We finally secured a home on the hotel property, squishing 2 little apartments together  to house our small zoo.   They tell us our new appliances have arrived and to prepare for the installation.  As they stand in the kitchen watching me, I empty out our entire freezer/fridge and place the items on the kitchen table.  2 hours later, the engineers amble up to me and say, “okay, we’re ready to go; we’re done.  You have to wait for the plumber to install the dishwasher.” When? “I dunno.  I dunno if the plumber is even here today – not sure if he can do it before the weekend.” And where is the new fridge? There is no fridge!  “Oh, that’s on back-order. Prolly won’t see that for another few weeks, but who knows.  Welcome to Jasper.”  When the plumber finally installed the dishwasher, the water line blew at 2 in the morning, flooding the apartment below ours.  Instead of knocking on our door, the neighbors call Hotel Security to complain.  When the plumber finally gets around to fixing the line, he mumbles, “well I never.  I never seen such a modern dishwasher that used so much water pressure.  Heck.  Kind of a funny way to welcome you to Jasper, EH?”

It’s gotten to the point that when something ridiculous happens, like watching the town sprinklers shoot out tons of water  every morning during a week of pouring rain, my kids just turn to me and drawl, “welcome to Jasper.”

We had that one cabin burn down, then there was a fire in town at another hotel, then just a couple of months ago, our main lodge roof caught on fire.  My son remarked, “tourists must be like, ‘oh no!  fires on the left, fires on the right!  What kind of place IS this?!’…..welcome to Jasper!”

Even the wildlife wants to get in on it.  We have wild animals around every corner here.  Wolves, bears, elk, cougar, bighorn sheep…you name it, we got it.  The coyotes love to trot down the middle of the road, forcing me to slow down, following their swishing tails as they giggle amongst themselves.  And there are suicidal squirrels.  They dash across the road in front of your car. And if one car doesn’t hit them, they dash back again hoping another car will.  And do not get me started on the damn elk.  They own the hotel property.  We even have to put up signs that warn the tourists about them.  Think: Horses With Attitude.  They are that big, and the girls are bitches.  Truly.  One night, while I was out-of-town, my honey gives me a call while he’s out walking the dogs.  In the middle of the conversation, he suddenly sounds out of breath and starts exclaiming, “Oh, OH OKAY – I’m going I’m going, shoo SHOO—AAAHHH! I’ll call you back!” and hangs up.  He called back after a harrowing 5 minutes, to tell me that a she-elk had chased him all the way up our front steps into our doorway.  He had to slam the front door in her face.  Welcome to Jasper.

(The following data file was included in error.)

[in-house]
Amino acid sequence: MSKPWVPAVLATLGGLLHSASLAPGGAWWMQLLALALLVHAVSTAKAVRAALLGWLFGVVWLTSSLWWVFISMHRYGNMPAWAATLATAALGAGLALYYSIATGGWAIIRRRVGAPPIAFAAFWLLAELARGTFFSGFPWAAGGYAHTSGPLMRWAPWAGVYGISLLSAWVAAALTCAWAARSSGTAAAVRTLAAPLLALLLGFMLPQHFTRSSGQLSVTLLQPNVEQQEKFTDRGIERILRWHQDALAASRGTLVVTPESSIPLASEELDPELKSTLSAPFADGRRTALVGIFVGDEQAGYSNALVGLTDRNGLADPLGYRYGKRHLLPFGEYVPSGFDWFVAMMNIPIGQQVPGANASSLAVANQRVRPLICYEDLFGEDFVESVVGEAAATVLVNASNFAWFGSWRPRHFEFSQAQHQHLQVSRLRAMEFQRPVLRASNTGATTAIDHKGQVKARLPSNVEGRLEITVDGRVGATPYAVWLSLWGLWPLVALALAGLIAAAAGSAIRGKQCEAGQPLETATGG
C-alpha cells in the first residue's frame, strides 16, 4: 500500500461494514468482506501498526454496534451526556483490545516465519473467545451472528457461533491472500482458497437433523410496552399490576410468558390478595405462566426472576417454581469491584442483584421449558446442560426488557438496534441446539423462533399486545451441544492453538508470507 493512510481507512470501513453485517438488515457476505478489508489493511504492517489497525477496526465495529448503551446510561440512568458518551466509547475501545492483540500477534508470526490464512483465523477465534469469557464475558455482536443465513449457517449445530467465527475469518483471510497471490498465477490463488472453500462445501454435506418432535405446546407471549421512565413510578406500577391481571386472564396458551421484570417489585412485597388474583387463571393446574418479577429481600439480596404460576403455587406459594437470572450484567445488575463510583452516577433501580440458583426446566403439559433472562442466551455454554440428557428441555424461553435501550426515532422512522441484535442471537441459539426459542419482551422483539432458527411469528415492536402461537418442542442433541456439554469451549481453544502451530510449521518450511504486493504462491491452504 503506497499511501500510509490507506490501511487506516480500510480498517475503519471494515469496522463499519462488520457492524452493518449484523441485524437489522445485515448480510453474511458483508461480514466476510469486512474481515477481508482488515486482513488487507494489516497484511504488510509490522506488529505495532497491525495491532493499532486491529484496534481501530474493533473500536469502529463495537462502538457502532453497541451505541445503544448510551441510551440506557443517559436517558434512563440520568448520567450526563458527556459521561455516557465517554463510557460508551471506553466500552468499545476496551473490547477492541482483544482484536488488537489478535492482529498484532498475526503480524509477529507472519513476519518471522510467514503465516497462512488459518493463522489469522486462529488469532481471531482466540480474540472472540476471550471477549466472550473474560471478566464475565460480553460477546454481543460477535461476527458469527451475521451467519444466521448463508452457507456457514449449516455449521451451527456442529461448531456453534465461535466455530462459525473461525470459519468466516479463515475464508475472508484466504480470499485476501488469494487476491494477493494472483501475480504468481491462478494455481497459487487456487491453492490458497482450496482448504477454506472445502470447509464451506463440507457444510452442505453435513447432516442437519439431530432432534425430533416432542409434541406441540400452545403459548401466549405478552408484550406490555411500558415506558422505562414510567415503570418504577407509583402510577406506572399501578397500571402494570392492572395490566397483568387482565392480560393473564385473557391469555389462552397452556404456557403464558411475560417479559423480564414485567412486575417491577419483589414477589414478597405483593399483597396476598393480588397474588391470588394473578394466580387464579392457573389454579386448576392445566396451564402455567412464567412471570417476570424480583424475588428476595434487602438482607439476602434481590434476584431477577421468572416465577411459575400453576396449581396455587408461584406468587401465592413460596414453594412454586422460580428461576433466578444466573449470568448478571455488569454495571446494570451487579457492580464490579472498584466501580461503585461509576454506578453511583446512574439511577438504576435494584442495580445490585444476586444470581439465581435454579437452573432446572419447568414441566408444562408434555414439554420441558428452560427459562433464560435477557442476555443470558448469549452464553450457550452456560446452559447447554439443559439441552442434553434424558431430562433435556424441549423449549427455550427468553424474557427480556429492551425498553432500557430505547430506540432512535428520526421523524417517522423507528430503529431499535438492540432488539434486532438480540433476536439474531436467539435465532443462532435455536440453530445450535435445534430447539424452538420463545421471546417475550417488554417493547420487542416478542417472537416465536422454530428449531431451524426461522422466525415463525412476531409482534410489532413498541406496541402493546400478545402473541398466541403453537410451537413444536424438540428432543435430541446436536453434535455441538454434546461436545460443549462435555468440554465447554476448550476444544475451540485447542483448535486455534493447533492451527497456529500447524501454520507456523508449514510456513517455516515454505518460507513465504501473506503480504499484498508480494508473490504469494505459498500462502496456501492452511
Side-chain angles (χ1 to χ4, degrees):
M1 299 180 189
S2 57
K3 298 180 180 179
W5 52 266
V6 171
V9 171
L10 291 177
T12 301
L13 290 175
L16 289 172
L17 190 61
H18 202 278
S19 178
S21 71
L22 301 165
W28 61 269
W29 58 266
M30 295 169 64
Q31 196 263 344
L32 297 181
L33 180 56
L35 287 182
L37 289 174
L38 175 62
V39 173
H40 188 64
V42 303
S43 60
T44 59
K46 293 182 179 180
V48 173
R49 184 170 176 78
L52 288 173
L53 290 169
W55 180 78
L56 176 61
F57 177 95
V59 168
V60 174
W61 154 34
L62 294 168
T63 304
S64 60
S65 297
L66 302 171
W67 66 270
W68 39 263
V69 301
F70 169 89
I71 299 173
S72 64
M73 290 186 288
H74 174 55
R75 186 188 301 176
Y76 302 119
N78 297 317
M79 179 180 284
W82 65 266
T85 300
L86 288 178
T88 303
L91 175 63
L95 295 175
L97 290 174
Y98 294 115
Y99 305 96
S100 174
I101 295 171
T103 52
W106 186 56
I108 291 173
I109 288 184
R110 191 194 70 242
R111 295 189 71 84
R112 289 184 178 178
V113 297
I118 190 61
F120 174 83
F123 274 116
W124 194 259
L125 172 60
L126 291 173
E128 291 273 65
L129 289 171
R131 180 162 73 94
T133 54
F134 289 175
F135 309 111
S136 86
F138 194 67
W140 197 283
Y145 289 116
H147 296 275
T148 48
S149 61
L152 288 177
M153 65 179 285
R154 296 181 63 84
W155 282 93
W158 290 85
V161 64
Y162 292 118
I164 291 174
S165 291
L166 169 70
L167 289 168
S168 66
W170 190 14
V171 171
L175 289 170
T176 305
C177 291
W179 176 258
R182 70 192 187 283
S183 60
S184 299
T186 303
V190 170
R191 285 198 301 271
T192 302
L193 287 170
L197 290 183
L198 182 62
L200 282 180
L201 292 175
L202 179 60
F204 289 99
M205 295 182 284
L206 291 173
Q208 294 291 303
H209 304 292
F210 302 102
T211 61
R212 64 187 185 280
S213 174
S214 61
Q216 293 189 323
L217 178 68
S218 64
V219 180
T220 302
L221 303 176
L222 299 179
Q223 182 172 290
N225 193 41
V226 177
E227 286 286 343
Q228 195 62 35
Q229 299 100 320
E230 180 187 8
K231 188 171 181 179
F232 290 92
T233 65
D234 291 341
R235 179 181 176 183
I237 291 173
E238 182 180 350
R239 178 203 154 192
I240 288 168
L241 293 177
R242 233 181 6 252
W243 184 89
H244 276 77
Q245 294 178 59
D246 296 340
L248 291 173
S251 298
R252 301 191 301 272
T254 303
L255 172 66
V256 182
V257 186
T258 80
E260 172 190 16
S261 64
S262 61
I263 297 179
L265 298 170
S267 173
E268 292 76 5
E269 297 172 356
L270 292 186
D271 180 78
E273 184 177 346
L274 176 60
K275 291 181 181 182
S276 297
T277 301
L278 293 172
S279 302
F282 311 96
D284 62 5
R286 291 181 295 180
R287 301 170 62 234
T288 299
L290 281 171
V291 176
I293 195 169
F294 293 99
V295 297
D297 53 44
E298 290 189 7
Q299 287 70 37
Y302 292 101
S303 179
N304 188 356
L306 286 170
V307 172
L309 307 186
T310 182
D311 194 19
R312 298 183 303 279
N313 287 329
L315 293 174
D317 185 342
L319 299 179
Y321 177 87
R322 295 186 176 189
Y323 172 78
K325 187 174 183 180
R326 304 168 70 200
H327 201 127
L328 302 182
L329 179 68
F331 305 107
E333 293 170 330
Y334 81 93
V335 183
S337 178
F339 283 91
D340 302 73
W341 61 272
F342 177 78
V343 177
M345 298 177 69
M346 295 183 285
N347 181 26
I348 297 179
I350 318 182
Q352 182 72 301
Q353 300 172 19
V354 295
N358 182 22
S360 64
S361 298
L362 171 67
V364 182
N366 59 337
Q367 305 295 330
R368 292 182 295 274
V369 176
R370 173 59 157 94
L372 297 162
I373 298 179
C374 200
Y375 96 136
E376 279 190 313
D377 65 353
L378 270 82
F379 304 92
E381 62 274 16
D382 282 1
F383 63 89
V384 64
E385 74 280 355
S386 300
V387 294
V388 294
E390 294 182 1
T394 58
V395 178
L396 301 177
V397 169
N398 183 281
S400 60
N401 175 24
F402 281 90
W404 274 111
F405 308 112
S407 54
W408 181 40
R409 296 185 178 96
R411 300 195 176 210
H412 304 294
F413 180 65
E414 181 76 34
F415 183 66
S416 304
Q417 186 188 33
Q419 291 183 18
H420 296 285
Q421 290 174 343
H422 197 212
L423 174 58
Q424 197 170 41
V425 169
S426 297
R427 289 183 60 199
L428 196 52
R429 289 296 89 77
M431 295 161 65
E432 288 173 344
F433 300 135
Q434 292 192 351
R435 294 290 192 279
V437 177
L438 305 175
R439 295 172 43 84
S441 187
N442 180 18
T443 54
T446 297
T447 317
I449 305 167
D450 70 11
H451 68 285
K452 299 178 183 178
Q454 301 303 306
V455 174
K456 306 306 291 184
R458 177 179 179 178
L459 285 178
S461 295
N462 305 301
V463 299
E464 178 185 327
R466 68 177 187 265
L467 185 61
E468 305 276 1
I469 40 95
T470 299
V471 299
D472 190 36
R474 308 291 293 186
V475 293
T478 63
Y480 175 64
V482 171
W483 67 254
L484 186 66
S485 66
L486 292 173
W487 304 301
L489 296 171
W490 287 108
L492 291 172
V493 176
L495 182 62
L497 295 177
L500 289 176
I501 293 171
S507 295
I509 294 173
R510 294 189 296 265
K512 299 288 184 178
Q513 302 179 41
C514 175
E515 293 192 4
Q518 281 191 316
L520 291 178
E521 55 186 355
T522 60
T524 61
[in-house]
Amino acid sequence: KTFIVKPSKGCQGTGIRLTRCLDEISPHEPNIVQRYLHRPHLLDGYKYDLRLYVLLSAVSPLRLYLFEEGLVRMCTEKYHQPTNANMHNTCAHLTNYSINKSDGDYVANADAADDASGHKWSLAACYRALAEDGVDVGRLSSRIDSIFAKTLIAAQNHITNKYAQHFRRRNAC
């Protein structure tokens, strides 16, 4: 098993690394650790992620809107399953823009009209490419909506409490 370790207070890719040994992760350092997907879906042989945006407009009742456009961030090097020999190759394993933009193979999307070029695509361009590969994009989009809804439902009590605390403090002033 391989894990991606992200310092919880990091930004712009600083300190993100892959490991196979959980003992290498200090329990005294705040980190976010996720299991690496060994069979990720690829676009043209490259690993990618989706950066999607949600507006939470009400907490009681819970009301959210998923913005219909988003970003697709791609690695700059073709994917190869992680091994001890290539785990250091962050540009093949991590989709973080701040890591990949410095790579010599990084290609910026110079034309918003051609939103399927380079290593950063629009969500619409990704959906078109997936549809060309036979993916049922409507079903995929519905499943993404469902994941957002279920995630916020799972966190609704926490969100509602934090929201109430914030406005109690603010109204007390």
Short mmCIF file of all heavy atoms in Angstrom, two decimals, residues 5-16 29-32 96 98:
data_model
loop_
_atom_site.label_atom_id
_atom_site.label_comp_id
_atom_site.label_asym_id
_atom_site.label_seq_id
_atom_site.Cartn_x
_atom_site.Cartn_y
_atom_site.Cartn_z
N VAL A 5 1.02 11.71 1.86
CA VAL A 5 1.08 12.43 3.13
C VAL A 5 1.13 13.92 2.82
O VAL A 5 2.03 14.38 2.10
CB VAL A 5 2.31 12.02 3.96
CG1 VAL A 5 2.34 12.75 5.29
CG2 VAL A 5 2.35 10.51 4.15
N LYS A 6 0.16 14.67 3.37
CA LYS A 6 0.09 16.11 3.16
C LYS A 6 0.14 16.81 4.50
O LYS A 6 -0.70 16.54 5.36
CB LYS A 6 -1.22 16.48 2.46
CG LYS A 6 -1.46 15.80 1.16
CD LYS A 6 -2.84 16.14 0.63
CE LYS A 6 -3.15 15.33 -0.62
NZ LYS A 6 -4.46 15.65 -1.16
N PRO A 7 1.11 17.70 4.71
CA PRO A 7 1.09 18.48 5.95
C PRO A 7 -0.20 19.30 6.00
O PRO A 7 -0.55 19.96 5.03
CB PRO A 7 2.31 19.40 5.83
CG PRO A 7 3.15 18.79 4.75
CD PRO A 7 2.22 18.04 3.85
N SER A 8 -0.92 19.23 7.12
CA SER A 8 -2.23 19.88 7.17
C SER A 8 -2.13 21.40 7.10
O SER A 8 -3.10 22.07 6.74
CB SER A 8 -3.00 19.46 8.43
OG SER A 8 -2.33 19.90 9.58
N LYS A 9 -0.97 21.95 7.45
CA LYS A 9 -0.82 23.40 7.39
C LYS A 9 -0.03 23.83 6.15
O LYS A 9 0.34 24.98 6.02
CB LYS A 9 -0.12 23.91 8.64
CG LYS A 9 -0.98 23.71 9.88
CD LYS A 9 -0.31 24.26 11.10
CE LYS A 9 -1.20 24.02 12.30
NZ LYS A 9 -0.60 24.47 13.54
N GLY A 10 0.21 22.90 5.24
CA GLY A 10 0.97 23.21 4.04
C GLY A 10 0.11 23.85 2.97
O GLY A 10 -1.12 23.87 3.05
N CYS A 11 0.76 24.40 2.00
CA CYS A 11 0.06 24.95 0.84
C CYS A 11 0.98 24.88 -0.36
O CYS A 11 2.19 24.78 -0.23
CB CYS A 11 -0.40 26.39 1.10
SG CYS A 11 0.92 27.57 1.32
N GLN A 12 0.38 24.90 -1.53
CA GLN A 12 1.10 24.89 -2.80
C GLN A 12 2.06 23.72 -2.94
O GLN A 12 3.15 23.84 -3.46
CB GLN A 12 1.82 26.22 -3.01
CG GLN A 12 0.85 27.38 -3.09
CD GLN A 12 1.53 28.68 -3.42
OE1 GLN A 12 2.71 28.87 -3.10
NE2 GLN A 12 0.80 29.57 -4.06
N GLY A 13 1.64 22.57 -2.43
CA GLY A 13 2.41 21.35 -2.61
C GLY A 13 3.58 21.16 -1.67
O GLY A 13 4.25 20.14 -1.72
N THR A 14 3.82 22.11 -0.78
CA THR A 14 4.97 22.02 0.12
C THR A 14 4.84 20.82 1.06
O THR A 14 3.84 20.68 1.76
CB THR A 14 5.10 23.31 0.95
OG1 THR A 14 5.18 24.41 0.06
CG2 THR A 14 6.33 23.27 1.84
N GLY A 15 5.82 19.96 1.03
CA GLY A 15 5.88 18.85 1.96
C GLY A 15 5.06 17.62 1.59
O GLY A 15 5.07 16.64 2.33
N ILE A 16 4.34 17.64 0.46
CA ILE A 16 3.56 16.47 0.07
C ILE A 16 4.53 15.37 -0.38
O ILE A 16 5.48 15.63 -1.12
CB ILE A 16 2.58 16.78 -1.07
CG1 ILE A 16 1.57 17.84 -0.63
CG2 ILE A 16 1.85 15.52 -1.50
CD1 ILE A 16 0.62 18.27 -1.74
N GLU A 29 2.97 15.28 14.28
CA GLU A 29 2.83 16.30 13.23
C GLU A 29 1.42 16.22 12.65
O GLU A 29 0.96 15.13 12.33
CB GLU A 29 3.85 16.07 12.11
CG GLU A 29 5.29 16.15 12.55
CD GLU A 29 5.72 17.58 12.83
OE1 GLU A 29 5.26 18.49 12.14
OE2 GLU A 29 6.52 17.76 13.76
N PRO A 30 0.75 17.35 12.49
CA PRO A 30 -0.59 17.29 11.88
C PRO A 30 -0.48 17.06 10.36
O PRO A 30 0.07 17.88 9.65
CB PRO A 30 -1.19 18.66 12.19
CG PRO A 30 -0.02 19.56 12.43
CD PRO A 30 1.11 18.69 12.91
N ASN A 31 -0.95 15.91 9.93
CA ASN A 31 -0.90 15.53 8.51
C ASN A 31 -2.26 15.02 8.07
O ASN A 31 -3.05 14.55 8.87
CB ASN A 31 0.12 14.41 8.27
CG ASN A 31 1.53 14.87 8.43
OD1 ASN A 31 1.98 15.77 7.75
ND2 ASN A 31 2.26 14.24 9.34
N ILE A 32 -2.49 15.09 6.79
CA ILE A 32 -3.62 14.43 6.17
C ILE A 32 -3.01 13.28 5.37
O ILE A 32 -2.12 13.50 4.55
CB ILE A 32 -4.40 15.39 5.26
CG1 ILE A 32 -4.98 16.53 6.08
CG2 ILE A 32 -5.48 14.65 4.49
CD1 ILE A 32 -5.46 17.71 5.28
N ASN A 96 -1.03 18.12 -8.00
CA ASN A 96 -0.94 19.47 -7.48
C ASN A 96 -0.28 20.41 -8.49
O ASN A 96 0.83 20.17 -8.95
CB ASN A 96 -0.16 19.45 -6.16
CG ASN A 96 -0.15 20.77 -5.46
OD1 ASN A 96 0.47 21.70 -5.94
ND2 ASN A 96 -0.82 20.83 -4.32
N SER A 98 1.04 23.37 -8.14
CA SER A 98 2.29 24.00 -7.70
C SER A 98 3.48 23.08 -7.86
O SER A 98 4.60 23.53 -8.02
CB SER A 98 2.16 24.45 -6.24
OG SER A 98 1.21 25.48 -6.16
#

Lest you think I have only complaints, bear with me.  I grew up moving every 2 years of my life as we followed my father’s Foreign Service assignments all over the globe.  He specialized in communist and socialist countries, so you can imagine the scenic spots of tranquility in which we lived.  Russia, China, Malaysia…places where you only drank the water if you wanted to die a terrible poop-filled death, and where a walk to school meant possible encounters with cobras so our mother gave us walking sticks with which to beat the bushes along the way.  To me, Canada is Paradise.  The people are gentle and kind, polite and modest.  The animals might kill you and eat you, but a grizzly bear just doesn’t seem as sneaky and evil as a poisonous snake.  You give the bears their space and respect, and they usually mind their own business and leave you to yours.  Give me a thousand ocean sunsets and I will still hold out for one perfect sunrise in the mountains.  The air is crisp and clean and the sky is big and blue.  In the woods next to our new house in Jasper, the whole Circle of Life takes place.  Out of our kitchen window, we watch Mama elk give birth to precious spotted brown calves with wobbly legs.  Mama grizzly bears come along to kill and eat the calves to feed to their cubs.  Coyotes tag along to pick up the scraps.  All the while, the loons on the lake behind our house croon a soundtrack to our new life.  It’s terrible, it’s heartbreaking, it’s beautiful, and it’s now all ours.  Most importantly, wherever we go and whatever we do, we do as a family, and that makes this Home.  Welcome to Jasper.